Update index_string

I have a running dash app. In the debugger, I can get the app with the function get_app(). In the app I get, I can see and modify the index_string, but I cannot find a way to update the app attached to the Flask server. Is there a way to update the index_string once the dash app has been initialized?

Ok, I found a solution, but it is super hacky, and I really would like something a bit more robust and elegant, so whoever has an idea, please share it!

The solution is by setting your index_page like this: your app exists in dash.dcc._dash._get_app.APP

You can modify it from within a dash callback code, from where the variable is visible.

and you can set the index_page attribute directly in the dash_app using setattr like this:

html_body = render_template_string(html_layout, variable_for_jinja=value)
comments_to_replace = ("metas", "title", "favicon", "css", "app_entry", "config", "scripts", "renderer")
for comment in comments_to_replace:
    html_body = html_body.replace(f"<!-- {comment} -->", "{%" + comment + "%}")
1 Like

Hello @Giuliozoo,

Welcome to the community!

Glad you figured out a solution to your problem. My only question is, why are you trying to alter the index strings? Could these perhaps be handled by setting up functions inside of the routings? (Including the Flask server)

Dear @jinnyzor,
I tried to find another solution, but according to my (little) understanding of the integration of Flask and Dash, the webpage is rendered upon the call of the “routes_pathname_prefix” of the dash_app. As such, I could not find a way to update the part of the page requiring a jinja re-rendering without changing the index_string in the dash app.

To add a bit more details:
to integrate Dash with Flask, I pass Flask app as Dash server, and get back the Flask app with the Dash app integrated in it, also taking advantage of Jinja.
If I want to add a Jinja template, I can pass the HTML template to the code initializing Dash. The index string shall contain the {%" + filed + "%} required by Dash, but rendering the template will escape that code.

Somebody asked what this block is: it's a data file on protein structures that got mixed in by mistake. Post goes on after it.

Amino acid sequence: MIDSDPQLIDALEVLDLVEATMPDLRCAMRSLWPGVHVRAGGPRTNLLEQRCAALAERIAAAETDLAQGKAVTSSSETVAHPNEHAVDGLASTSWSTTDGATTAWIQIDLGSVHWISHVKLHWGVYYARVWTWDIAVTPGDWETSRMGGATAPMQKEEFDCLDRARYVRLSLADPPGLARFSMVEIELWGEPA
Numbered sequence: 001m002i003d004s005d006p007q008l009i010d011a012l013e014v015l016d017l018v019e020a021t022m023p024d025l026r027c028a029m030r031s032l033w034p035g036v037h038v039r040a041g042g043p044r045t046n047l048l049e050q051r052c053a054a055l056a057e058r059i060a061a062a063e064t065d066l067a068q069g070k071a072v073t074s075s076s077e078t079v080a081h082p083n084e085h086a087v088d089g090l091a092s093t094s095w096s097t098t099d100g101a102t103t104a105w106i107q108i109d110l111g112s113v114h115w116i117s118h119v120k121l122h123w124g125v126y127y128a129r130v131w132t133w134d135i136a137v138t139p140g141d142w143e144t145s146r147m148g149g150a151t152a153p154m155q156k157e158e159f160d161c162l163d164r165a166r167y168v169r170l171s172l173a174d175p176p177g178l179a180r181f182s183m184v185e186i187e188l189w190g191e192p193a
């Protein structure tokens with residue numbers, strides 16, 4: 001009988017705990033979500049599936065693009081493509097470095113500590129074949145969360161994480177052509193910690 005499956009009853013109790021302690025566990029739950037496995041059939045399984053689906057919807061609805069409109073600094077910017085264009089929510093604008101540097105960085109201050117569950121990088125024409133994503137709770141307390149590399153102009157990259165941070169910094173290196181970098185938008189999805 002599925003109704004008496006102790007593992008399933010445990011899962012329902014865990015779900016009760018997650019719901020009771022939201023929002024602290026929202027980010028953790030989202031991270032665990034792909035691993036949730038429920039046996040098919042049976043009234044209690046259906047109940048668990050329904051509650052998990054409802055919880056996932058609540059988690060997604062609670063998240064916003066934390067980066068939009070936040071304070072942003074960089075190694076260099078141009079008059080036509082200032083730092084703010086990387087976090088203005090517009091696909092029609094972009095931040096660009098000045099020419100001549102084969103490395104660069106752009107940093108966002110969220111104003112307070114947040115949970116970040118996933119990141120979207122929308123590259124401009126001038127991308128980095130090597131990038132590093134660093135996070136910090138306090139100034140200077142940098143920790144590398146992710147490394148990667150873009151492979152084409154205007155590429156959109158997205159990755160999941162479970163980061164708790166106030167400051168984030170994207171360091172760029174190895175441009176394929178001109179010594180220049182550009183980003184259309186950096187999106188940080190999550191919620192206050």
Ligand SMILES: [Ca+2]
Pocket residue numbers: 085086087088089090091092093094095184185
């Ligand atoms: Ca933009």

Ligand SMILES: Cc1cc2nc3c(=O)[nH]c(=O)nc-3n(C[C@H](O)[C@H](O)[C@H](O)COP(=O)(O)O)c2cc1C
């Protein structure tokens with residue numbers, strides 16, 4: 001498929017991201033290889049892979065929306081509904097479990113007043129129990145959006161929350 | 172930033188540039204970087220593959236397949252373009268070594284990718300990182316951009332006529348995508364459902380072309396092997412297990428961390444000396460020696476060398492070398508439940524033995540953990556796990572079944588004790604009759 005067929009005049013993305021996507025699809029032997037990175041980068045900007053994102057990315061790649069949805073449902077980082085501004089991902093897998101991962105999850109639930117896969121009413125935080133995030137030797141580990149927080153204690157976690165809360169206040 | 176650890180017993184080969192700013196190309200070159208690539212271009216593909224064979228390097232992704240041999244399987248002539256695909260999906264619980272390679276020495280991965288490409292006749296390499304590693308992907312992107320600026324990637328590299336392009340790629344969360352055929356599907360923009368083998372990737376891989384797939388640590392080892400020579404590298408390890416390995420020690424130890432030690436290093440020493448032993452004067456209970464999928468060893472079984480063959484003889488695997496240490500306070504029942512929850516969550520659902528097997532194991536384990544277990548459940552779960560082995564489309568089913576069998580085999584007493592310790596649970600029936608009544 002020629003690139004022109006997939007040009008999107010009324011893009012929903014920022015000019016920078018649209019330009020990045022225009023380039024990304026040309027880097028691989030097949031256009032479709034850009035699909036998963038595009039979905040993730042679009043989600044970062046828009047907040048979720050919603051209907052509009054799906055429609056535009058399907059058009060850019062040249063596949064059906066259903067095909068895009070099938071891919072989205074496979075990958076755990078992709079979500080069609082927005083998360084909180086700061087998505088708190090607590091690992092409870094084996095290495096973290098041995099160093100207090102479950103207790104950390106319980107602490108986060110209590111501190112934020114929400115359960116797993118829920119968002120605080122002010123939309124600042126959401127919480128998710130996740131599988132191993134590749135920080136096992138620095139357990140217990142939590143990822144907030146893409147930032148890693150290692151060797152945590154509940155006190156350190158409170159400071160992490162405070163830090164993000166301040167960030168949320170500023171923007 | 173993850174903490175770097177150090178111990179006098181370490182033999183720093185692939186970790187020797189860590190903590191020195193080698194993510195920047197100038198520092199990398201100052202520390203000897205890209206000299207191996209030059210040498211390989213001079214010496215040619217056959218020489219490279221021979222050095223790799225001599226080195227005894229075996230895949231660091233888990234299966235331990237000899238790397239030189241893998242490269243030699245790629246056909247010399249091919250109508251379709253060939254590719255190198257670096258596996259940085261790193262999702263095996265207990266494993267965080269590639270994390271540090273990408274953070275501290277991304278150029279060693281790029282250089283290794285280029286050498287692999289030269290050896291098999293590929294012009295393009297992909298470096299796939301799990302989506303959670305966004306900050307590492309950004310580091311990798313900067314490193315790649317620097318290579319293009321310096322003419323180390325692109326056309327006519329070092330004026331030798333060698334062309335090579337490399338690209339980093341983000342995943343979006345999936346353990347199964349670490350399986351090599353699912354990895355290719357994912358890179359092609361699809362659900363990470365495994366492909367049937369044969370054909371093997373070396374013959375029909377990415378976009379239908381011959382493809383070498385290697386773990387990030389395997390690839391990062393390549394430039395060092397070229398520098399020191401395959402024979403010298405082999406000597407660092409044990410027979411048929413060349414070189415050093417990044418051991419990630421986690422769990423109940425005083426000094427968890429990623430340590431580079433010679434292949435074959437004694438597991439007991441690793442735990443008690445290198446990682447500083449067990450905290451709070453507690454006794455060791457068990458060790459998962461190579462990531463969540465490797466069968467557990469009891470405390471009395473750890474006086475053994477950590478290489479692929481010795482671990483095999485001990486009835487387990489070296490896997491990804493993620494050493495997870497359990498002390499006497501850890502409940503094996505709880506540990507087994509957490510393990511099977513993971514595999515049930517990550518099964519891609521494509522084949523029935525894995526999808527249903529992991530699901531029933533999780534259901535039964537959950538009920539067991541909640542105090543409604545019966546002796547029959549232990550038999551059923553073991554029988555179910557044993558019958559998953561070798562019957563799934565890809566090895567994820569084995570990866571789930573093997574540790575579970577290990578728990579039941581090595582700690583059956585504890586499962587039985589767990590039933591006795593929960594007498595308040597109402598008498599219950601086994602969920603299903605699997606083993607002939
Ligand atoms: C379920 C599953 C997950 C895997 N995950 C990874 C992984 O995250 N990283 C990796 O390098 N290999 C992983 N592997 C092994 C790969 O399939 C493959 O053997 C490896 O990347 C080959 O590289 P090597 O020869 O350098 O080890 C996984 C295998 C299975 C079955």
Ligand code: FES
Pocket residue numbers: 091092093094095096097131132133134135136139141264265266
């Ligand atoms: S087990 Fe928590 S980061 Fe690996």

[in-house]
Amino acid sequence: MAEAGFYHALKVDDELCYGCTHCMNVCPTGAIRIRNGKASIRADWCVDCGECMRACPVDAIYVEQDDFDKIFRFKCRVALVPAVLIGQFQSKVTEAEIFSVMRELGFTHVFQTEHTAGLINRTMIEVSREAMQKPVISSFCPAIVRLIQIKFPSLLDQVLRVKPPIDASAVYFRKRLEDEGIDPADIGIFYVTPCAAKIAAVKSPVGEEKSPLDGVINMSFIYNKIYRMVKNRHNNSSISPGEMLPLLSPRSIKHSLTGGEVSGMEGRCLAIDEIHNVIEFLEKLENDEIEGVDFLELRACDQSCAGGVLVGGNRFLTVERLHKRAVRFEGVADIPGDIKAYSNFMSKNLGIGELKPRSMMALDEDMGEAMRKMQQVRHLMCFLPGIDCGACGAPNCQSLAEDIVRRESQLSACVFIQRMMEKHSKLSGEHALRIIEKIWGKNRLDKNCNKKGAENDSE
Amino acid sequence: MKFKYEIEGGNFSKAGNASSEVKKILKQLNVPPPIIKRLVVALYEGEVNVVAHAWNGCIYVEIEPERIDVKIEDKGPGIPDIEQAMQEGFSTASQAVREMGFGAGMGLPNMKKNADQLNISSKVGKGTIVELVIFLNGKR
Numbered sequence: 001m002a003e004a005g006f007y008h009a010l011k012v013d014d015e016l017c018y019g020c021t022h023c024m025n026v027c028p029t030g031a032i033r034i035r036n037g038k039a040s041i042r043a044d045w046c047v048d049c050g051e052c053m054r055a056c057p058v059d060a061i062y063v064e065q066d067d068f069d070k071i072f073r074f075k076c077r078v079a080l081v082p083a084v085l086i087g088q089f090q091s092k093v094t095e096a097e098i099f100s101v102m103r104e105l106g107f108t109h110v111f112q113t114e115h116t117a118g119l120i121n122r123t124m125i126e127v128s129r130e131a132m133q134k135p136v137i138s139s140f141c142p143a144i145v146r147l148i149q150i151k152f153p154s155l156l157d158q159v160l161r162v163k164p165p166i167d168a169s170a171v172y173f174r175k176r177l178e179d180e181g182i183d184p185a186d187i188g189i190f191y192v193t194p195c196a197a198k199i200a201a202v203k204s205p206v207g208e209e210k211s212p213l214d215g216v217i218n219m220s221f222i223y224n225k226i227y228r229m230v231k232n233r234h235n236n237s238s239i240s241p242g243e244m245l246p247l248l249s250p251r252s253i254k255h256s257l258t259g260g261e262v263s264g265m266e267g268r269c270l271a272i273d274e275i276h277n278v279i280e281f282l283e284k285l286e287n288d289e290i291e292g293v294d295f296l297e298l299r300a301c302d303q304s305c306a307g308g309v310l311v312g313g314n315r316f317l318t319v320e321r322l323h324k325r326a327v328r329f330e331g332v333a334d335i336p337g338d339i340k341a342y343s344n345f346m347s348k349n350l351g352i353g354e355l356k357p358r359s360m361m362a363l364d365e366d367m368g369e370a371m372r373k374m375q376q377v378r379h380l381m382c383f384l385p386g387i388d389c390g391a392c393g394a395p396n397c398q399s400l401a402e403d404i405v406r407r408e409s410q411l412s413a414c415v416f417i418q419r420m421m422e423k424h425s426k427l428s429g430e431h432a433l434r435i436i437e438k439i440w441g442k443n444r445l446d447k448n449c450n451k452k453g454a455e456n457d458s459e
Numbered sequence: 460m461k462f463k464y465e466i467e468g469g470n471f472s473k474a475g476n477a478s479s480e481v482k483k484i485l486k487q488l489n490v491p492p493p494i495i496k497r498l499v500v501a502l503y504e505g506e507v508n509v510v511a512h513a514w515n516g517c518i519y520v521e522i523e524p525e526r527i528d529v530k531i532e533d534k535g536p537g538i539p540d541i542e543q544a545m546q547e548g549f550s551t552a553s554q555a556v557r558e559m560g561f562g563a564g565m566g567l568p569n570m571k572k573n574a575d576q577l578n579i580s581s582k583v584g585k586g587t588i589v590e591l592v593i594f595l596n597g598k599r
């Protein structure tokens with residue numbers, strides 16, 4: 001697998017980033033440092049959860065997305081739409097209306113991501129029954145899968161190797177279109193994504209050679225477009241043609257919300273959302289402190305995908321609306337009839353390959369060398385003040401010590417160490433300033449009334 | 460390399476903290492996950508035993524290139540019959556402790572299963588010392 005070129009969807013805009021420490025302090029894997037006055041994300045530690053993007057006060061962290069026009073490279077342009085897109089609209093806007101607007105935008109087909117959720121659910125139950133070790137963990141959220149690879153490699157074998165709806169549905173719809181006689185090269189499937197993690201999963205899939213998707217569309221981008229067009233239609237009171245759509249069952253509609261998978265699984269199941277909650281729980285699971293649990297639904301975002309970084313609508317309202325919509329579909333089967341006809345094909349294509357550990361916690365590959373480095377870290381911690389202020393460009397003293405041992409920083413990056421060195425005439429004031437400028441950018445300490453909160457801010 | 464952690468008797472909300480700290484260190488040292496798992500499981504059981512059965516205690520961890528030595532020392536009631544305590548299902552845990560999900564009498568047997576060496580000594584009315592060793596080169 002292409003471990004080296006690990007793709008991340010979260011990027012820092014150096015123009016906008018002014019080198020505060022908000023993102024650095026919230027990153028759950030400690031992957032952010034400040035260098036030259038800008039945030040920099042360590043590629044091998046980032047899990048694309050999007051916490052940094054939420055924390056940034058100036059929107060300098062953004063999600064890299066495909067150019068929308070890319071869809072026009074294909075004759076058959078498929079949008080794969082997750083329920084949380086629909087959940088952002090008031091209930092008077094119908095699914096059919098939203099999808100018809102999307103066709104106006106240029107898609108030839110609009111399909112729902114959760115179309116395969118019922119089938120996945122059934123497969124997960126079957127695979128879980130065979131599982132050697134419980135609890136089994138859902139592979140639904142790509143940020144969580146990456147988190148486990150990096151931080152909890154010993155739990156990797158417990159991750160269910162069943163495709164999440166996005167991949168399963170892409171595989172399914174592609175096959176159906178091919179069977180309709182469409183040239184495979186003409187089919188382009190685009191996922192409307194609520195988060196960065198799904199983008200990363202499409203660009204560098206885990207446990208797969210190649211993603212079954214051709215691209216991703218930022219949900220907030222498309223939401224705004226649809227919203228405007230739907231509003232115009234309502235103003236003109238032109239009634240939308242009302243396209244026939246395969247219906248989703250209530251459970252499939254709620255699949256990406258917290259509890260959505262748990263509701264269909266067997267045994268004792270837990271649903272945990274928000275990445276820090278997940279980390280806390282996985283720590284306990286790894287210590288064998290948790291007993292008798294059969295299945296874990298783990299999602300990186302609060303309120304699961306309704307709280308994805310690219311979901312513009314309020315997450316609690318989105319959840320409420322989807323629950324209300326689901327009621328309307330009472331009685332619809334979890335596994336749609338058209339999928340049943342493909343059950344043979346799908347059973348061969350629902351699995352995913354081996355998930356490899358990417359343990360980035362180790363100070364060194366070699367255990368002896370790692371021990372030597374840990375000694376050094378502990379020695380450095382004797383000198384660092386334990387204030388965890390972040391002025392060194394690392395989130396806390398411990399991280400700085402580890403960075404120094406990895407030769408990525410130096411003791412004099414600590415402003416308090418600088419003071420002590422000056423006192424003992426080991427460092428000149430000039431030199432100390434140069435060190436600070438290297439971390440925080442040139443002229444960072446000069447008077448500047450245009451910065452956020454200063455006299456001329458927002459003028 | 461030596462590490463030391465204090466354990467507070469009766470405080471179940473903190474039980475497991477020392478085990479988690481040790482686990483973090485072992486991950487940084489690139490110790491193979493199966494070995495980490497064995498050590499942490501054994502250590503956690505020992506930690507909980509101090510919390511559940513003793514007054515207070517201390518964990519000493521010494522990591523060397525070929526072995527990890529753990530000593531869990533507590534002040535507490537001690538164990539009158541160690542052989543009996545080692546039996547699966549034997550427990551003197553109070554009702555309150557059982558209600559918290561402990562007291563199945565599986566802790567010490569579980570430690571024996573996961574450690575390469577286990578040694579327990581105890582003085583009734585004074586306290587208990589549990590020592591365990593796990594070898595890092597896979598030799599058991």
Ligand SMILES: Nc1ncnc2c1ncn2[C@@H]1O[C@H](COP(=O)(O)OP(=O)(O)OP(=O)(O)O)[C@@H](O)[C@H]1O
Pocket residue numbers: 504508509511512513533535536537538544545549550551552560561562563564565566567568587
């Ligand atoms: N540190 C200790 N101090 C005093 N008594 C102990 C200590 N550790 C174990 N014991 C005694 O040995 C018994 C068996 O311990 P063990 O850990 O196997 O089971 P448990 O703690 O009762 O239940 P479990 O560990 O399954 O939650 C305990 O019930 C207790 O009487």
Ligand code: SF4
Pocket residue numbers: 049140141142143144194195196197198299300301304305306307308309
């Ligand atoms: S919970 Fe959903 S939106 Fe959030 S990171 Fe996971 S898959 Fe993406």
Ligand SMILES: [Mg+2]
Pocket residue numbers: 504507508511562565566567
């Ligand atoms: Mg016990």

A trick for a solution of the problem is implemented when HTML is enriched with comments, which are ignored by Jinja during the rendering, and then replaced in the code with the fields for Dash before setting the index_string upon Dash app initialization. This effectively works, the dash app is well integrated in the Flask server, and the Jinja template is inegrated and rendered.

Here some code to frame this a bit more concretely:

def init_dashboard(server,url):
"""Create a Plotly Dash dashboard."""
dash_app = dash.Dash(
 # Both app context and a request context to use url_for() in the Jinja2 templates are needed
with server.app_context(), server.test_request_context():
    #items = Item.query.all()
    html_body = render_template_string(html_layout)

    comments_to_replace = ("metas", "title", "favicon", "css", "app_entry", "config", "scripts", "renderer")
    for comment in comments_to_replace:
        html_body = html_body.replace(f"<!-- {comment} -->", "{%" + comment + "%}")

    dash_app.index_string = html_body
# Load DataFrame
df = create_dataframe()

# Create Layout
dash_app.layout = my_layout
return dash_app.server

With the layout in HTML:

    html_layout = """
{% extends "base.html" %}

{% block title %}
{% endblock %}

 {% block content %}
 <body class="dash-template">
              <div class="nav-wrapper">
                <!-- <a href="/">
                    <img src="/static/img/logo.png" class="logo" />
                    <h1>Plotly Dash Flask Tutorial</h1>
                  </a> -->
            <!-- app_entry -->
              <!-- config -->
              <!-- scripts -->
              <!-- renderer -->
 {% endblock %}

Are you aware of a better approach, or of a better and more robust way to update the index_string?

1 Like

Ooo. That’s fun.

You wanted to add base html rendering from the flask server. And then pass that new template on to be rendered by Dash. I don’t know that there is another way to do this. Unless you passed all of the flask alterations that you made to Dash.

1 Like